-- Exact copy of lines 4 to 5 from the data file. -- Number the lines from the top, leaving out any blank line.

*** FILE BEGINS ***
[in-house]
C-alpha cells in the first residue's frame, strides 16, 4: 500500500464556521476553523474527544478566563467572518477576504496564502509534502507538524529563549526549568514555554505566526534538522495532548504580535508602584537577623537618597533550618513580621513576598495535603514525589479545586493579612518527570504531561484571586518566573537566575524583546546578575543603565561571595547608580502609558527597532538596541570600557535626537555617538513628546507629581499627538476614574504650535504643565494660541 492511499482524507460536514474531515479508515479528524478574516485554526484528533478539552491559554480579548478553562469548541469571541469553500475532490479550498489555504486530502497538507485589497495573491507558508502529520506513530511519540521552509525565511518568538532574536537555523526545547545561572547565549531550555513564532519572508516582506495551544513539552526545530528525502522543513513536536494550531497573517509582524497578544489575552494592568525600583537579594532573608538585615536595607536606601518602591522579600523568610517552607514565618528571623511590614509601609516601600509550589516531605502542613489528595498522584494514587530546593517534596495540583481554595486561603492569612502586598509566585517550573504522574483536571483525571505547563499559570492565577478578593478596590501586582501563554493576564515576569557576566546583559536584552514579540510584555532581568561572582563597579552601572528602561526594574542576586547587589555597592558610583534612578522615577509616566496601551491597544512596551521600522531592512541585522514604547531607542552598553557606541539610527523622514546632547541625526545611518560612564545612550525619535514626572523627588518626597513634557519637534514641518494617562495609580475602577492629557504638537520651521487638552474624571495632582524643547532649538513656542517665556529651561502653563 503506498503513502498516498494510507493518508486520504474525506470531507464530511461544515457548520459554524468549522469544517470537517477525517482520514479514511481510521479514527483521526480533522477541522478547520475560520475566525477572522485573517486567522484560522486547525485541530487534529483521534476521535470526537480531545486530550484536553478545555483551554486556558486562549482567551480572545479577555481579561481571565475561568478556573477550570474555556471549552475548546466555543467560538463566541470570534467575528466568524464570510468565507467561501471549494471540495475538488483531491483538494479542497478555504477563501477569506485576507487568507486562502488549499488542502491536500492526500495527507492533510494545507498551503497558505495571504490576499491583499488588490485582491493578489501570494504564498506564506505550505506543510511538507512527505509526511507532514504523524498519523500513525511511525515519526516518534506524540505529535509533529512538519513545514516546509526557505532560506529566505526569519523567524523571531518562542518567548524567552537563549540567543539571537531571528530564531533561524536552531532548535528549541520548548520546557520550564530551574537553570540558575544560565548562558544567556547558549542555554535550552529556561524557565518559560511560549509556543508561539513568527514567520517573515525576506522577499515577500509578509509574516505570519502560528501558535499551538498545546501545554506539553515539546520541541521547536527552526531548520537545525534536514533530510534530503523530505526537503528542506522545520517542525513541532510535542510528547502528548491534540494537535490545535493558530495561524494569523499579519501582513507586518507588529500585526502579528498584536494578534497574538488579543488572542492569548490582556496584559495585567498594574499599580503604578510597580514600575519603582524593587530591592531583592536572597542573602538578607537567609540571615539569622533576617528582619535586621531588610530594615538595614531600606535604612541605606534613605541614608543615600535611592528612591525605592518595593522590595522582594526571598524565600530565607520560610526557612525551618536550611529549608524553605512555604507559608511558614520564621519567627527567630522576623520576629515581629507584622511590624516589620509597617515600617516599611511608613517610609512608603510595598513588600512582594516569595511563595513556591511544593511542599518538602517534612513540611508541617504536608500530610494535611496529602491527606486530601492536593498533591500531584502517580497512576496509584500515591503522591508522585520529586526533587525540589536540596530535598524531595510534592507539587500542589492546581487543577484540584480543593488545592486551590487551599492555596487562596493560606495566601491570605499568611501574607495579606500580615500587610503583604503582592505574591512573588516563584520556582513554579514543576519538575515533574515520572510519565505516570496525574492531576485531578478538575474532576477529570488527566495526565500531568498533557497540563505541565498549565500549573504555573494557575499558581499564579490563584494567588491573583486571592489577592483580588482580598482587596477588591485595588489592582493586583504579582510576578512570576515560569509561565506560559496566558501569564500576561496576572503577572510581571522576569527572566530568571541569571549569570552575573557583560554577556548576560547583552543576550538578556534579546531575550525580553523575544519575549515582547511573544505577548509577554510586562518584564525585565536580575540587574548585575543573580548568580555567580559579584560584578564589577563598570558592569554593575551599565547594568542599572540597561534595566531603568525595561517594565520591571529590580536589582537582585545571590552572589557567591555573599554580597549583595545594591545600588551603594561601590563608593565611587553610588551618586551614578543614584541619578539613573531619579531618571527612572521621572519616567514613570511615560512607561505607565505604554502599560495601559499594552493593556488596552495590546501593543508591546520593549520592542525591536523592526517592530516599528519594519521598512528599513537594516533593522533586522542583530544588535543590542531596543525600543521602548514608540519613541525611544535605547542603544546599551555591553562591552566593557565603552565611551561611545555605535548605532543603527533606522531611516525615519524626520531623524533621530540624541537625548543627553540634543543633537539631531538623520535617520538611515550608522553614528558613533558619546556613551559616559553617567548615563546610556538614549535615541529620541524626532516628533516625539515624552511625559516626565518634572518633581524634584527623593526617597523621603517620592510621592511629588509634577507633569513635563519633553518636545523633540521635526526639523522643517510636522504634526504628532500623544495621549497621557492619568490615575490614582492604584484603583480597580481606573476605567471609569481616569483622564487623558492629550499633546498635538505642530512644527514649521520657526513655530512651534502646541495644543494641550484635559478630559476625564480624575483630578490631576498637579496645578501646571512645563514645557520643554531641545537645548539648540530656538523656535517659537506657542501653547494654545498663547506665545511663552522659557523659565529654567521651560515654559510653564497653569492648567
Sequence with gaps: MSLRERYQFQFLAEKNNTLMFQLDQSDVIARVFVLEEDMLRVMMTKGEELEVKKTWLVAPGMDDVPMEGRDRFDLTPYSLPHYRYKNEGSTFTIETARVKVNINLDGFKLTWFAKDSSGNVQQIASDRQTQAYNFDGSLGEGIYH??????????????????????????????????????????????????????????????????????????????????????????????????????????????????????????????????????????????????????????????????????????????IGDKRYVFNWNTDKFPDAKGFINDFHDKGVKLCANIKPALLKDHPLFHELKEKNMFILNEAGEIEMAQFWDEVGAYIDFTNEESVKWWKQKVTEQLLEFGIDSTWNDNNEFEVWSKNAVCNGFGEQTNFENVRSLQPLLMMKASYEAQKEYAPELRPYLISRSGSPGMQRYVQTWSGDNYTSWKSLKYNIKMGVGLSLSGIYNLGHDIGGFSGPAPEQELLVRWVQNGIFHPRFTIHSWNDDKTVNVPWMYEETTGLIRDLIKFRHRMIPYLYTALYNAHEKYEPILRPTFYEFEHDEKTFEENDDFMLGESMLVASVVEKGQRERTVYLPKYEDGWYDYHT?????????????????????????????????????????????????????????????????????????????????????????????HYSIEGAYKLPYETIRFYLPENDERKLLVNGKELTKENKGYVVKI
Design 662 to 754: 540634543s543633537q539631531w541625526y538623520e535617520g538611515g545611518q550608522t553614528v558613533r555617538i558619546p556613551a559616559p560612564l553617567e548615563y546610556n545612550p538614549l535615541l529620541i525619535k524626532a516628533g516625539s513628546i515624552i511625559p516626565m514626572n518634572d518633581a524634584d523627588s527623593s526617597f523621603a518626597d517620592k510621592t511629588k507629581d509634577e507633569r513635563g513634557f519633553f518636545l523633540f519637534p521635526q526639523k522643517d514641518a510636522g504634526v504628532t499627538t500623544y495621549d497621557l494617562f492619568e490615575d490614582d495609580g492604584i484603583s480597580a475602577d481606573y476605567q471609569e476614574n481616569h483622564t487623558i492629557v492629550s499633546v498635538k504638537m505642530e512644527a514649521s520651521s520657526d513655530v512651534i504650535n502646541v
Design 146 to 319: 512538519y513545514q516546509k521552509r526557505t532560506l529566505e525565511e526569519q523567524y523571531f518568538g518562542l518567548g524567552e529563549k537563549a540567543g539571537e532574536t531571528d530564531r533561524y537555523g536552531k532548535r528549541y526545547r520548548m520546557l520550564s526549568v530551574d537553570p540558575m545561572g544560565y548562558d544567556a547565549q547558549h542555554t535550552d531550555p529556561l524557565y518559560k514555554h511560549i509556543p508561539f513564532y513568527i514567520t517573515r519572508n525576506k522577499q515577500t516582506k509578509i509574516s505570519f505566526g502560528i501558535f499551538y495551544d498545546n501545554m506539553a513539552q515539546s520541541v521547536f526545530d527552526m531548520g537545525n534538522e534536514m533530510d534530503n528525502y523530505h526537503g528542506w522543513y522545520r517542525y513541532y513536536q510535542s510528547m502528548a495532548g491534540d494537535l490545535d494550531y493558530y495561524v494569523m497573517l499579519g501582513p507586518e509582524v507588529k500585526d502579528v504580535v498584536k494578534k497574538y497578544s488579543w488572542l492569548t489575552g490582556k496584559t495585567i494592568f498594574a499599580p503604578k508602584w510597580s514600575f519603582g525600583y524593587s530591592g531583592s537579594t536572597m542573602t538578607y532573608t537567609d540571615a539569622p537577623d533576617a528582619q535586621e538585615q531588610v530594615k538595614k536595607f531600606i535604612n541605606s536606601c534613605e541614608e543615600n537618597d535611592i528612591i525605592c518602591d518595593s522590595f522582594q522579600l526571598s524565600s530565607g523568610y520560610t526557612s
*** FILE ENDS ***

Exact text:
Design 662 to 754: 540634543s543633537q539631531w541625526y538623520e535617520g538611515g545611518q550608522t553614528v558613533r555617538i558619546p556613551a559616559p560612564l553617567e548615563y546610556n545612550p538614549l535615541l529620541i525619535k524626532a516628533g516625539s513628546i515624552i511625559p516626565m514626572n518634572d518633581a524634584d523627588s527623593s526617597f523621603a518626597d517620592k510621592t511629588k507629581d509634577e507633569r513635563g513634557f519633553f518636545l523633540f519637534p521635526q526639523k522643517d514641518a510636522g504634526v504628532t499627538t500623544y495621549d497621557l494617562f492619568e490615575d490614582d495609580g492604584i484603583s480597580a475602577d481606573y476605567q471609569e476614574n481616569h483622564t487623558i492629557v492629550s499633546v498635538k504638537m505642530e512644527a514649521s520651521s520657526d513655530v512651534i504650535n502646541v
Design 146 to 319: 512538519y513545514q516546509k521552509r526557505t532560506l529566505e525565511e526569519q523567524y523571531f518568538g518562542l518567548g524567552e529563549k537563549a540567543g539571537e532574536t531571528d530564531r533561524y537555523g536552531k532548535r528549541y526545547r520548548m520546557l520550564s526549568v530551574d537553570p540558575m545561572g544560565y548562558d544567556a547565549q547558549h542555554t535550552d531550555p529556561l524557565y518559560k514555554h511560549i509556543p508561539f513564532y513568527i514567520t517573515r519572508n525576506k522577499q515577500t516582506k509578509i509574516s505570519f505566526g502560528i501558535f499551538y495551544d498545546n501545554m506539553a513539552q515539546s520541541v521547536f526545530d527552526m531548520g537545525n534538522e534536514m533530510d534530503n528525502y523530505h526537503g528542506w522543513y522545520r517542525y513541532y513536536q510535542s510528547m502528548a495532548g491534540d494537535l490545535d494550531y493558530y495561524v494569523m497573517l499579519g501582513p507586518e509582524v507588529k500585526d502579528v504580535v498584536k494578534k497574538y497578544s488579543w488572542l492569548t489575552g490582556k496584559t495585567i494592568f498594574a499599580p503604578k508602584w510597580s514600575f519603582g525600583y524593587s530591592g531583592s537579594t536572597m542573602t538578607y532573608t537567609d540571615a539569622p537577623d533576617a528582619q535586621e538585615q531588610v530594615k538595614k536595607f531600606i535604612n541605606s536606601c534613605e541614608e543615600n537618597d535611592i528612591i525605592c518602591d518595593s522590595f522582594q522579600l526571598s524565600s530565607g523568610y520560610t526557612s